I have a confession to make...The very first time I heard about Stefano Panunzi and his second release A Rose, was after reading a review of it in the iO Pages magazine. Apparently,† the reviewer in question really liked the album, as it got the highest score. So, I searched out Panunziís website and MySpace page and listened to some samples, and I must admit, the songs I heard were beautiful. So I got in touch with him and via the Background Magazine editor, I got hold of the album.
Now I could hear for myself if all the excitement was worth it. But, for those like me, who have no idea who Stefano Panunzi is, a short background: Panunzi is a keyboard player with a strong background in film music. With Fjieri they released an excellent album, Endless. From what I gather from his MySpace page, he has a strong liking/connection with Japan, as he has worked with Richard Barbieri and Mick Karn. Panunziís debut album Timeless received many good reviews and is heavily promoted on a David Sylvian fansite.
This link with Japan is found also on A Rose, as Mick Karn is listed as guest musician. Mind you, Panunzi has a list of guests on his album that can compete with almost any Ayreon album. No less than 21 people are listed, excluding Mr. Panunzi himself. Next to Karn, I also note Tim Bowness (No-Man) and Theo Travis. The rest of the musicians and singers are not known to me.
Now how to describe the music on the album...itís not typical prog. Think more in the vein of No-Man, very ambient, sometimes a bit poppy even and very atmospheric-maybe even some touches of Enigma. † A Rose is a great album to relax with. Let the stress of the world go away and fill your mind with the soothing tunes of Stefano Panunzi. Trust me, it works! Listen to the beautiful trumpet by Mike Applebaum in Unreality and just close your eyes...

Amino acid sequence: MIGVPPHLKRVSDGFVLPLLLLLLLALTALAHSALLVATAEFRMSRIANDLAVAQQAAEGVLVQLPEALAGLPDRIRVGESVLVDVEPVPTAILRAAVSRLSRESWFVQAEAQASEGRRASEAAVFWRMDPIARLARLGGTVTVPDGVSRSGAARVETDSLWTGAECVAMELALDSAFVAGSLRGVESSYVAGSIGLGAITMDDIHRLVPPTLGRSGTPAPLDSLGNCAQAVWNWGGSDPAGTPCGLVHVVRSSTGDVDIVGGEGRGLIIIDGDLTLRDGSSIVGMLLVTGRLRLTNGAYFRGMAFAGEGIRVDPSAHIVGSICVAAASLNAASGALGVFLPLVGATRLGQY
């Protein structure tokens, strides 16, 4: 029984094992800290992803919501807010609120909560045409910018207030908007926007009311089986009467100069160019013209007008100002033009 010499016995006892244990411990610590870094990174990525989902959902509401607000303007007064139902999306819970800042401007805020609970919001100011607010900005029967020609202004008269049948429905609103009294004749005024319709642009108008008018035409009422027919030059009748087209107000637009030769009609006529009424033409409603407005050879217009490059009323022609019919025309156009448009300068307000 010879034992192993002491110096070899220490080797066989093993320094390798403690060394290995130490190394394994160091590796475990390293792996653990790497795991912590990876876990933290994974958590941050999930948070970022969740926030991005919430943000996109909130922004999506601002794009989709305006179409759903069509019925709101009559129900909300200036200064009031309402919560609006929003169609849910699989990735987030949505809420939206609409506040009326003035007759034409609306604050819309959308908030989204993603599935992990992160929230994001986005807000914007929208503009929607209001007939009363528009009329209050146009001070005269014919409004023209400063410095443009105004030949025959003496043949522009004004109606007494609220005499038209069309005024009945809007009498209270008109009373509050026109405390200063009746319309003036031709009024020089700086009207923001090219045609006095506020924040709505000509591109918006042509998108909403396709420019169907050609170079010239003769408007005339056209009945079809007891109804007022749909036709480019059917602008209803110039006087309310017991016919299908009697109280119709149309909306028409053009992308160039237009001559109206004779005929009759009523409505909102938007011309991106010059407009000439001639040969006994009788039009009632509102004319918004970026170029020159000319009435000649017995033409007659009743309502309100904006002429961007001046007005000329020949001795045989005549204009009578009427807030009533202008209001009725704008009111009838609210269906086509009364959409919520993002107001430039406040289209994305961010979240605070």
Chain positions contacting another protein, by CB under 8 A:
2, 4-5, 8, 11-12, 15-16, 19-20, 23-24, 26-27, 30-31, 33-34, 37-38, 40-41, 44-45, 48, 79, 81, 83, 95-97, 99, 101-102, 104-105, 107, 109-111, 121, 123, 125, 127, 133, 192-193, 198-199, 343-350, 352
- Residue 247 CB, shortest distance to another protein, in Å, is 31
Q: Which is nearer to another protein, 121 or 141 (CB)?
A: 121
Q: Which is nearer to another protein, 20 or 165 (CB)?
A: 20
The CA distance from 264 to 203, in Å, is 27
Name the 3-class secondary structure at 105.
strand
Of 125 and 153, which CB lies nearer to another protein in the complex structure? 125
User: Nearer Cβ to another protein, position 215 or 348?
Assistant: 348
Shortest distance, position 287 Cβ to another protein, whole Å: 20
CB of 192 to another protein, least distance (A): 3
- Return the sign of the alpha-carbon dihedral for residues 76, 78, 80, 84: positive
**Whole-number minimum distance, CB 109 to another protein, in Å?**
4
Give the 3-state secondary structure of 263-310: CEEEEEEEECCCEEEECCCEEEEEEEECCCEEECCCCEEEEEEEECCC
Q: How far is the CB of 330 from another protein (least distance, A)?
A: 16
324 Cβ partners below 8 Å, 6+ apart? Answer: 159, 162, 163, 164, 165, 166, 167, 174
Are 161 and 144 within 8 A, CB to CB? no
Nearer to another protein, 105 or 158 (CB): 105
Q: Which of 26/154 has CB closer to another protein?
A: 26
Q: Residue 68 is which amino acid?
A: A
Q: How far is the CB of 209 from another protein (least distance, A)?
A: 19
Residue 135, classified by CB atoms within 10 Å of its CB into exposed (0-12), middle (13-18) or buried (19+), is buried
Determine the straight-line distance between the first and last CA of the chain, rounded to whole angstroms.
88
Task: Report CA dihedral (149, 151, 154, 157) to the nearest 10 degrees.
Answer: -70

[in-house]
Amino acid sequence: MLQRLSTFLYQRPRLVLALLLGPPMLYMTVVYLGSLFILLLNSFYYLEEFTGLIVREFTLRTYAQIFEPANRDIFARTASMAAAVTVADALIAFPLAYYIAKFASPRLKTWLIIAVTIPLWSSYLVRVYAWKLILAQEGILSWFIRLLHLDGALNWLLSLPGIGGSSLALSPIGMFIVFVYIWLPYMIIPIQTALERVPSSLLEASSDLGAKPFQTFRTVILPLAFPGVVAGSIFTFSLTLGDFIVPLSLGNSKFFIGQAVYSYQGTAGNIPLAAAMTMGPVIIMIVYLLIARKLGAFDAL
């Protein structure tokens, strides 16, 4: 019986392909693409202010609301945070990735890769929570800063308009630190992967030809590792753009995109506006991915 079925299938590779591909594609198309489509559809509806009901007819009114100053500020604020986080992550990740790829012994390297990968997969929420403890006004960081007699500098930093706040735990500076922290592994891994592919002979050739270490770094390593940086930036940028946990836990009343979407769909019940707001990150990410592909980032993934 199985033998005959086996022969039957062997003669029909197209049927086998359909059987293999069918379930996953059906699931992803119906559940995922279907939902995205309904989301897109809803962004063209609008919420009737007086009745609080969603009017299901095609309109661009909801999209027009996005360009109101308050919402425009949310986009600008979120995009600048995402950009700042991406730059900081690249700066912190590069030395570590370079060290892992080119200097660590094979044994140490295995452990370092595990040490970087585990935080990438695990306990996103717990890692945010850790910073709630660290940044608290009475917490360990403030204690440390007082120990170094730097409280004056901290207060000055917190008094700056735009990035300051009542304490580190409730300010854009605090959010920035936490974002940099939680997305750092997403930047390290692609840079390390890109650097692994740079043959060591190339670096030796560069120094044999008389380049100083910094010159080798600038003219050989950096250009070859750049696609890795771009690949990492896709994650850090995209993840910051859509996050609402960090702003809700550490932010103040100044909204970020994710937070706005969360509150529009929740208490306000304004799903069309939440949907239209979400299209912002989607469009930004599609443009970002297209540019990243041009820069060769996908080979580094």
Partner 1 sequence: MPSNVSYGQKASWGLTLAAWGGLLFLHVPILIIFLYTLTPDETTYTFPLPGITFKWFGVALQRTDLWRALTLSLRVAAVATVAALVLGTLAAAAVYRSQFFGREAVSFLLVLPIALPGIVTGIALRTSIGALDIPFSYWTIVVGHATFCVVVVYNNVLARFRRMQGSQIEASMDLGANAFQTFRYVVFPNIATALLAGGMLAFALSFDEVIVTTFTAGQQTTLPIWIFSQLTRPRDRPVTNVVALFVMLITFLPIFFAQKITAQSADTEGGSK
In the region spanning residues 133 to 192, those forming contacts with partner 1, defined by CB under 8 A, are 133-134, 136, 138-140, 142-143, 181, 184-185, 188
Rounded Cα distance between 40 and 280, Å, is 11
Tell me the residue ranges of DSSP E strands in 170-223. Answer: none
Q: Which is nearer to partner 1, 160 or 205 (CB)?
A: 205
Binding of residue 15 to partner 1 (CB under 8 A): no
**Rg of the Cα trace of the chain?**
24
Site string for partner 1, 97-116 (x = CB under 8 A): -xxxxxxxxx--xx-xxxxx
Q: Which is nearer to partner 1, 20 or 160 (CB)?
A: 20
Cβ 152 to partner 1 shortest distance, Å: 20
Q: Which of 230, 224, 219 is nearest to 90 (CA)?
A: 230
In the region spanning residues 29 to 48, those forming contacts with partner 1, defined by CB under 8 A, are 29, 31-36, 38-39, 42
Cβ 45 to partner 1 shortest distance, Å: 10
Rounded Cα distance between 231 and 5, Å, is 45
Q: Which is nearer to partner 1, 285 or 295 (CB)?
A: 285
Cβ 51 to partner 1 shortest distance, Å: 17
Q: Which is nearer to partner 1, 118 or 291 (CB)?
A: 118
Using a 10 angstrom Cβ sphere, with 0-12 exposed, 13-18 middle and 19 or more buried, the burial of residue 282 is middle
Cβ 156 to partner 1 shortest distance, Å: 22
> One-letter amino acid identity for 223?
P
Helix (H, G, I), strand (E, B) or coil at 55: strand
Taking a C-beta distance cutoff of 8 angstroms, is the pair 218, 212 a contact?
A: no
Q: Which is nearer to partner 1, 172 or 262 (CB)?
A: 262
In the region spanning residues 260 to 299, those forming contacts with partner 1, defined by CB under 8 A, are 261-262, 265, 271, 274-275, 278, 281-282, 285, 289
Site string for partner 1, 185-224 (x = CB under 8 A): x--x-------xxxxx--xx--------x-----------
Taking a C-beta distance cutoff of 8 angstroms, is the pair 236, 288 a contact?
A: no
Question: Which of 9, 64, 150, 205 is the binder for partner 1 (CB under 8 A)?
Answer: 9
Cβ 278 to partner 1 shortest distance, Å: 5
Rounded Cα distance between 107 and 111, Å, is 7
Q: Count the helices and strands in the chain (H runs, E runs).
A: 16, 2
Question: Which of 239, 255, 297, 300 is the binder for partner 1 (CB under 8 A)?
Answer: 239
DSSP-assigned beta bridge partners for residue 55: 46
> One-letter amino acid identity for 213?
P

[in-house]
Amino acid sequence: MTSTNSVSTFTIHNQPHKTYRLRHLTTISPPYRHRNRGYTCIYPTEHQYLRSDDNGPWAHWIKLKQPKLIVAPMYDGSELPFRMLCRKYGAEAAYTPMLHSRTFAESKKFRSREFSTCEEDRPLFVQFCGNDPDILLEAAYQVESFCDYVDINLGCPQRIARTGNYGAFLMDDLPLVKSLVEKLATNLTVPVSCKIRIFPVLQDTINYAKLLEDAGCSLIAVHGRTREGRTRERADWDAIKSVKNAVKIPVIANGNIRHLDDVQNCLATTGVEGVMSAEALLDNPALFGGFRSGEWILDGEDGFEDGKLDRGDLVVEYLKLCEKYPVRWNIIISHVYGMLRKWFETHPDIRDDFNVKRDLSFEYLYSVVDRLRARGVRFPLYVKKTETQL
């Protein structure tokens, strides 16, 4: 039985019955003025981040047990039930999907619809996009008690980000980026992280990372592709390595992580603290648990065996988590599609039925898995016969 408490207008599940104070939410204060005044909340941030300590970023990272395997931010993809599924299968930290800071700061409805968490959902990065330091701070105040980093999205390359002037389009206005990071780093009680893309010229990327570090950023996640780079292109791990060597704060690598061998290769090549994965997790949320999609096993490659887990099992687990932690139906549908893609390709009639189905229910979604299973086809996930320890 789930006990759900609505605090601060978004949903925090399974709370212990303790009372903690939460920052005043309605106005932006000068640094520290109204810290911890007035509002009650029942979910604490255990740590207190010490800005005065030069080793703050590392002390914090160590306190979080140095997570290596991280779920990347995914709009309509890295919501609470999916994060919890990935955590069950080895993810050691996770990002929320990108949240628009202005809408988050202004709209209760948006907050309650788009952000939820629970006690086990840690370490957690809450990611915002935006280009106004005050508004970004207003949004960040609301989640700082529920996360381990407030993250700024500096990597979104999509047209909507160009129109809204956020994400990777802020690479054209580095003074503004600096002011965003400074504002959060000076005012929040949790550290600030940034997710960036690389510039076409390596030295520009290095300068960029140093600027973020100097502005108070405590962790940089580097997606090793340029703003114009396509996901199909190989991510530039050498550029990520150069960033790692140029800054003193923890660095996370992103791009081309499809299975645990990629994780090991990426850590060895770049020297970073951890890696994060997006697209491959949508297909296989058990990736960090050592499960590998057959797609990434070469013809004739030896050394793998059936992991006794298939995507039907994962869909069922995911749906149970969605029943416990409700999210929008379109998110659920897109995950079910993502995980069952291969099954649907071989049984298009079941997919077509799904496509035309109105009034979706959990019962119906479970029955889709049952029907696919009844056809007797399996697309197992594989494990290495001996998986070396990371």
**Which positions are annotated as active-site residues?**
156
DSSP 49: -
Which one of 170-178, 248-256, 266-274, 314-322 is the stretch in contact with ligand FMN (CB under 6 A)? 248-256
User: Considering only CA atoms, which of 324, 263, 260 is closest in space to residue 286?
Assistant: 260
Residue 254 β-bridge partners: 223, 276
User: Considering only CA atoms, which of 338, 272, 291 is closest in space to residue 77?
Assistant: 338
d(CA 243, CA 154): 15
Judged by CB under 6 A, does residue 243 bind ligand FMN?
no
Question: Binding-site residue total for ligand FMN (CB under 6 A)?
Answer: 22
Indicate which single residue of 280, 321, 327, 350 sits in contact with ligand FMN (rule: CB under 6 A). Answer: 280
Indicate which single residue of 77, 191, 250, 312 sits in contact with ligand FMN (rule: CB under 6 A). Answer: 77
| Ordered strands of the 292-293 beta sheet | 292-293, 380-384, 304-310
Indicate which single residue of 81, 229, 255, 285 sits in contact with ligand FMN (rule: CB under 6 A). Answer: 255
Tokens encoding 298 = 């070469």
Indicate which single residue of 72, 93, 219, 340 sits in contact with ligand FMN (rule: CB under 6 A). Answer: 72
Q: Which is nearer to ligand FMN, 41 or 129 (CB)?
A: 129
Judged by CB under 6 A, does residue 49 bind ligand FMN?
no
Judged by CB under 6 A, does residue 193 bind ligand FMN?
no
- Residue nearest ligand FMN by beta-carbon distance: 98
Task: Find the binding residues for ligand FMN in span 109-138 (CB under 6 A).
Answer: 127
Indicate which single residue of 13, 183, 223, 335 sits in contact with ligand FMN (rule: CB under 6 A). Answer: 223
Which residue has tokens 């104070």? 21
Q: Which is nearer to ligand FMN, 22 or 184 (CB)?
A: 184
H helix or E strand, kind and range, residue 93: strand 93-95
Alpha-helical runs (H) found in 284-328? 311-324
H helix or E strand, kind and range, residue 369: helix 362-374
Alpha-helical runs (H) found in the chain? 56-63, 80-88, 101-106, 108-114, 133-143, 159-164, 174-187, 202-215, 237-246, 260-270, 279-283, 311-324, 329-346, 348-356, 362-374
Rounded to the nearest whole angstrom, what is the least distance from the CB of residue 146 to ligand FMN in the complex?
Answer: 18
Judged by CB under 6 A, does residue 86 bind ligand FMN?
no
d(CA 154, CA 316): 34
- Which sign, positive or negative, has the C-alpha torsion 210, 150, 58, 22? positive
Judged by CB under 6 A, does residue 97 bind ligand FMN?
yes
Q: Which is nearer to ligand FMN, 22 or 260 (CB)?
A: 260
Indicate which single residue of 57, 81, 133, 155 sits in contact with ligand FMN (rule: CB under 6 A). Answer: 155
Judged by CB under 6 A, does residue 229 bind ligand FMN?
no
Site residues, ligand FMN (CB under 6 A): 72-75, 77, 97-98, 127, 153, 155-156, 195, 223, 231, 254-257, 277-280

This album is a nice change from all the obligatory prog epics and complex songs, with the 10 tracks of the album all varying between 4 and 6 minutes. Despite the many different musicians and singers, the album sounds coherent and despite itís relaxing effects, it keeps my attention.† But beware, Panunzi will not just let you nod off to dreamland by listening to his album..Oh no. With Where Is My Soul, he gives a little jolt and brings you back to reality. Yes, in the person of Markus Reuter, we get some more rock. This is more in the line of prog rock. This is the only less mellow song on the album and after this one, we can doze off again, albeit a little less, as the tone has changed a bit. The rock still remains a bit, just below the surface of the songs. The album ends on a high note with Light And Shades, a very nice instrumental. After that itís either hit play again, to keep dozing or back to reality.
SoÖhow do I feel about the album, after having listened to it quite a bit? As you can tell by my score, I am not as enthusiastic as my iO Pages colleague. Yes, I really like the album and enjoy listening to it. It gives me the same feeling as listening to No-Man: beautiful, but after a while a bit boring and then I need something more epic or complex. But once in a while I will revisit† A Rose, to calm down and get rid of the stress of todayís life.
***+† Marcel Haster (edited by Robert James Pashman)
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